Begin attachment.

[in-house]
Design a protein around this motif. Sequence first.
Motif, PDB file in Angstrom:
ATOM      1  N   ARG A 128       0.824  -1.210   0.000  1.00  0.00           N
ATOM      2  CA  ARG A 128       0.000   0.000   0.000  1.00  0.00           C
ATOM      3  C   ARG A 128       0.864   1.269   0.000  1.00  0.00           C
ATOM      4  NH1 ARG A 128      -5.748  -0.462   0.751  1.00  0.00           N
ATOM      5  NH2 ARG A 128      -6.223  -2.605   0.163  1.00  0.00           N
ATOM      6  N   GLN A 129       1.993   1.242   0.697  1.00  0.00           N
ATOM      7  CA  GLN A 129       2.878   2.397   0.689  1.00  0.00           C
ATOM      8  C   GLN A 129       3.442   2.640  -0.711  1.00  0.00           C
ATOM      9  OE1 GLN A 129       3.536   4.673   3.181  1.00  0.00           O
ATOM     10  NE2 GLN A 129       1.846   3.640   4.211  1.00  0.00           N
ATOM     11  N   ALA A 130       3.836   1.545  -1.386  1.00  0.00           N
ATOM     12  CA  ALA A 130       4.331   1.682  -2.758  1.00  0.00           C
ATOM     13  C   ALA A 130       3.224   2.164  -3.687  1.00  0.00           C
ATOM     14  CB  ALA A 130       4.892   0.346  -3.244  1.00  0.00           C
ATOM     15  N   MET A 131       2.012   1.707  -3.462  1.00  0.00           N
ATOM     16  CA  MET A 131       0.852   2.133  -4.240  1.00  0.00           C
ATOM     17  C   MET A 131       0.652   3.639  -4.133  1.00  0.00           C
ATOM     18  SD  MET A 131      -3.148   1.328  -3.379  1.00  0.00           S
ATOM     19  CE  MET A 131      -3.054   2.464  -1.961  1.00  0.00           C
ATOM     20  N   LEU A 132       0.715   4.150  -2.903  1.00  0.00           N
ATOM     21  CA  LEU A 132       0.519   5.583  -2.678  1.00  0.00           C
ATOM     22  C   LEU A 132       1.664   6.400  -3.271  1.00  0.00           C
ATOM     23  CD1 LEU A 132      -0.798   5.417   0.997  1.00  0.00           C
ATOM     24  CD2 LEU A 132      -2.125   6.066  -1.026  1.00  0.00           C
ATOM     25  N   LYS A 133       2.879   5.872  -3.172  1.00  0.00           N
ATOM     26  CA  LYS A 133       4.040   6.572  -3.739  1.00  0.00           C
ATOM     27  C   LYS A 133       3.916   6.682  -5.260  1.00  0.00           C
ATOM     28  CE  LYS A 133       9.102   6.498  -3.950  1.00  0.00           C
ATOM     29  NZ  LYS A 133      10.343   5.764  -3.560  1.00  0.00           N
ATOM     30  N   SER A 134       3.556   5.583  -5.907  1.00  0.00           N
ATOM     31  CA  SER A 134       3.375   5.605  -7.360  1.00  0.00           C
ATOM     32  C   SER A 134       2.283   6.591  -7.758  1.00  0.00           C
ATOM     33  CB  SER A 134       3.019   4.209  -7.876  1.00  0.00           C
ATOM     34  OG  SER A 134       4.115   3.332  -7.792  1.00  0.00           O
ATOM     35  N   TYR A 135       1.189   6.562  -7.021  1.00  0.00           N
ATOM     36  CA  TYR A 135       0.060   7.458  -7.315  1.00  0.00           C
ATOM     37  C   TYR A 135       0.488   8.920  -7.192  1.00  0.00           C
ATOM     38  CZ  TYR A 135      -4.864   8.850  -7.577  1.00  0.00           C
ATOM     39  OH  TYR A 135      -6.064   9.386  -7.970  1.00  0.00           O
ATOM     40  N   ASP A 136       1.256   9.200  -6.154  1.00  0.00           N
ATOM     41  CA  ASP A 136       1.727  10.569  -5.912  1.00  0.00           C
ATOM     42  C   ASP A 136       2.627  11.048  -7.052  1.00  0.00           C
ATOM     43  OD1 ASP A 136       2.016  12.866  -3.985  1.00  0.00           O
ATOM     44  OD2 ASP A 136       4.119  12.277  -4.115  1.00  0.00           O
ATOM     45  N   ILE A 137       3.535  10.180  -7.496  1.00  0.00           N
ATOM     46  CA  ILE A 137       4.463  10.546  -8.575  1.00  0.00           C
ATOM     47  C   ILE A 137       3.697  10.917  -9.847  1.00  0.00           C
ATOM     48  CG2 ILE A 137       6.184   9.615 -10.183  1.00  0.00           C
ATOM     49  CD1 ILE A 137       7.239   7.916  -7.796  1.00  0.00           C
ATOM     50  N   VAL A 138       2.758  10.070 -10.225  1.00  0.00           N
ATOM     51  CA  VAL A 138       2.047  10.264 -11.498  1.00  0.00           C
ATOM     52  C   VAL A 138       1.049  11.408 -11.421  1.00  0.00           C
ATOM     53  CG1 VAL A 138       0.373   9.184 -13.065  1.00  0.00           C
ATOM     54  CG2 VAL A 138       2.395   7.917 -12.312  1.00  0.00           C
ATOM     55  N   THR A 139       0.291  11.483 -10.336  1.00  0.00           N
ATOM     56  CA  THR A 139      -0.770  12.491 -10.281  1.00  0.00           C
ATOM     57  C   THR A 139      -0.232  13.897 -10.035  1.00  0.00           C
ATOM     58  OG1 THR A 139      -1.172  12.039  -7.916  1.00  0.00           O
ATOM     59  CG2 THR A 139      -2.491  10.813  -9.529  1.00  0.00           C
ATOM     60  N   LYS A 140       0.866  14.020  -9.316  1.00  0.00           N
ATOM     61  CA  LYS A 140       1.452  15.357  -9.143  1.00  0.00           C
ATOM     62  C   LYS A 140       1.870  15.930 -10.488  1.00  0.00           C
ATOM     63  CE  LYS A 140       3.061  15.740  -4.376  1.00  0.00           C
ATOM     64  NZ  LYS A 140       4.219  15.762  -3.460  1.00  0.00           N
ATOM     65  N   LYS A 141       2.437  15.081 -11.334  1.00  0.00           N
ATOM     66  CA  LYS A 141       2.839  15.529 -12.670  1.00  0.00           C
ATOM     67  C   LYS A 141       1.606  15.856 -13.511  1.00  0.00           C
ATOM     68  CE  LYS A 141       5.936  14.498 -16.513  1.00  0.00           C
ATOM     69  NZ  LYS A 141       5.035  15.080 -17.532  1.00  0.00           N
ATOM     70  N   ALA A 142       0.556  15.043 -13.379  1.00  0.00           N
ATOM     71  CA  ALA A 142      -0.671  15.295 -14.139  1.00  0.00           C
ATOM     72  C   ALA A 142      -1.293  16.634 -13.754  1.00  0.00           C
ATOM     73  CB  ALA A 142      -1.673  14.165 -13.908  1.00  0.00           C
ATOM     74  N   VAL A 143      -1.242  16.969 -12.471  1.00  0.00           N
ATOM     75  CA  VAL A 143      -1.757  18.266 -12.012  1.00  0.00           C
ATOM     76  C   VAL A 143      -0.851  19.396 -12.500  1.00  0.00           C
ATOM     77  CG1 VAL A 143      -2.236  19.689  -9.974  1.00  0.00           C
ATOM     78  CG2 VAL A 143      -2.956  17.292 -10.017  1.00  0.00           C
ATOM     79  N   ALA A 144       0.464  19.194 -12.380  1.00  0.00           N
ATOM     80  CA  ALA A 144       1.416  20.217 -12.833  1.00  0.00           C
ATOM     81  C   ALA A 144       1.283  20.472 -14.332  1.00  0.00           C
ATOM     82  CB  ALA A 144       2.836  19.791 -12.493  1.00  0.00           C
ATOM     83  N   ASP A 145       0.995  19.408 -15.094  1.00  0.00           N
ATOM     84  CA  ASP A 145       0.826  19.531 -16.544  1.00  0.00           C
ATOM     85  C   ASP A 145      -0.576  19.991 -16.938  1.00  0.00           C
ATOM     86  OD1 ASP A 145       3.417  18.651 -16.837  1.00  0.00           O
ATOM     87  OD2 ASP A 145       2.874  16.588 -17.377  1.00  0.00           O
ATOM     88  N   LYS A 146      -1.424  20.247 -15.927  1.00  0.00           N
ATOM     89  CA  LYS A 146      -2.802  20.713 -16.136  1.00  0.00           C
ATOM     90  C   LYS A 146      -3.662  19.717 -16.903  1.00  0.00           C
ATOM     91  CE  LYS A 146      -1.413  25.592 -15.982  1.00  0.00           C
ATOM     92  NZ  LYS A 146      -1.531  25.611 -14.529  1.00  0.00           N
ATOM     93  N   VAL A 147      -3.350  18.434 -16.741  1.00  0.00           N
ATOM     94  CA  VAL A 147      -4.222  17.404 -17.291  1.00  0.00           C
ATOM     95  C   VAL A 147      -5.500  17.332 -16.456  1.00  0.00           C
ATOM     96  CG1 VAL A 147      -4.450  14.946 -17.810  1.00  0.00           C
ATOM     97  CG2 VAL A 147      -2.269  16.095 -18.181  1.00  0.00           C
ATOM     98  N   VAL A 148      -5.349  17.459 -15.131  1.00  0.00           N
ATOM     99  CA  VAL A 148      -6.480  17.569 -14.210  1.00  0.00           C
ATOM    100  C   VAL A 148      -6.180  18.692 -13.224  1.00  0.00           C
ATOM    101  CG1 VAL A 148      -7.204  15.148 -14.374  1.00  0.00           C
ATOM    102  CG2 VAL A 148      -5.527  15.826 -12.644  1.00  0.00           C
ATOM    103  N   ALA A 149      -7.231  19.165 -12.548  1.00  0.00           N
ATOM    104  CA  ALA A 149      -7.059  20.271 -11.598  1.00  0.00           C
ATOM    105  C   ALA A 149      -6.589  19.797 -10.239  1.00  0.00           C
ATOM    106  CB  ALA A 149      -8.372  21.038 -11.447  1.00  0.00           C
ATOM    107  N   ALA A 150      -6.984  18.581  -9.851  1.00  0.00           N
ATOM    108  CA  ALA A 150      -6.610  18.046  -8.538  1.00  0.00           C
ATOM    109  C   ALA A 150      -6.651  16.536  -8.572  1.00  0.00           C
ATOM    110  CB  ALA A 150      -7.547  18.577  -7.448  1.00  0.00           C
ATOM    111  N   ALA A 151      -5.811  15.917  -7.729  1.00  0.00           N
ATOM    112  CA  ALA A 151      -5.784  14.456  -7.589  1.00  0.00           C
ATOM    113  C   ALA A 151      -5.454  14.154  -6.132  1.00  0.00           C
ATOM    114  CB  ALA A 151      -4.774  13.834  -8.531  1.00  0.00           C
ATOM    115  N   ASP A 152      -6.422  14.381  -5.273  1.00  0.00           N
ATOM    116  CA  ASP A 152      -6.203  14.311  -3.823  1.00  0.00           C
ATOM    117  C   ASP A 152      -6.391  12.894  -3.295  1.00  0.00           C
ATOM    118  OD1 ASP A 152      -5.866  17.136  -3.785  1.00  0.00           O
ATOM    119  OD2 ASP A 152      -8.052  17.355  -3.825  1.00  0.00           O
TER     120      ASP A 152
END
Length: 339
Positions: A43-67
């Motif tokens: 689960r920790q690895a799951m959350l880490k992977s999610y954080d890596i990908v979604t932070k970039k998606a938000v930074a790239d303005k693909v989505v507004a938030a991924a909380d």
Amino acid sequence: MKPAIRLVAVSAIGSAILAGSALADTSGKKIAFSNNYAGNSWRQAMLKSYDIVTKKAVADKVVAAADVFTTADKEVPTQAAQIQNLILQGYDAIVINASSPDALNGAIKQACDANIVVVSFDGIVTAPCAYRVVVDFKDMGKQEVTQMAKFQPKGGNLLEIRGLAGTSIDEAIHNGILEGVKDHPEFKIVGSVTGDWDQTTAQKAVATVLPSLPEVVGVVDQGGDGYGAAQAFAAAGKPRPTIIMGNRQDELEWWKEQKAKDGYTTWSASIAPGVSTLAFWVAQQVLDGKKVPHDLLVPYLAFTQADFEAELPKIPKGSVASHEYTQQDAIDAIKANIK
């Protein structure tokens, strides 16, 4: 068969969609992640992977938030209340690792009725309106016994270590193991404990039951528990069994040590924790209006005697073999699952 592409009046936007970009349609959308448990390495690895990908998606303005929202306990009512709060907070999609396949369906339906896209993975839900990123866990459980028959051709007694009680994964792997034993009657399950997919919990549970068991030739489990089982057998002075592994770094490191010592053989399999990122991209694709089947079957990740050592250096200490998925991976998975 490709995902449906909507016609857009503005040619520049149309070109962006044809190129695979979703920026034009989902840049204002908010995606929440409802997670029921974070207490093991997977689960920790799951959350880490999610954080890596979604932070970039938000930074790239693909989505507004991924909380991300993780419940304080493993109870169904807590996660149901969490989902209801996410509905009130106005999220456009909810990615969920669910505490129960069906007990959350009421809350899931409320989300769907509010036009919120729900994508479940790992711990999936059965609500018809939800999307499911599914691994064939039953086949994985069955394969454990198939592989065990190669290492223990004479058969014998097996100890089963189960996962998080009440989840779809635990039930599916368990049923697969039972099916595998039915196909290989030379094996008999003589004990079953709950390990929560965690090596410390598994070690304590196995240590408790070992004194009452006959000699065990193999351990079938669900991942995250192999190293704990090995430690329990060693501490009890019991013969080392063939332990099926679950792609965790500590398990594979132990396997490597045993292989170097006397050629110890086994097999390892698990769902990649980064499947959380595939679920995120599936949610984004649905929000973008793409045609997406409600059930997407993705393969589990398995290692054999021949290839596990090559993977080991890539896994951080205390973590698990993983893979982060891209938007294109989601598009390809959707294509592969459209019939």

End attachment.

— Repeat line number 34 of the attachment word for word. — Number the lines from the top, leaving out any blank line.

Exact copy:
ATOM     31  CA  SER A 134       3.375   5.605  -7.360  1.00  0.00           C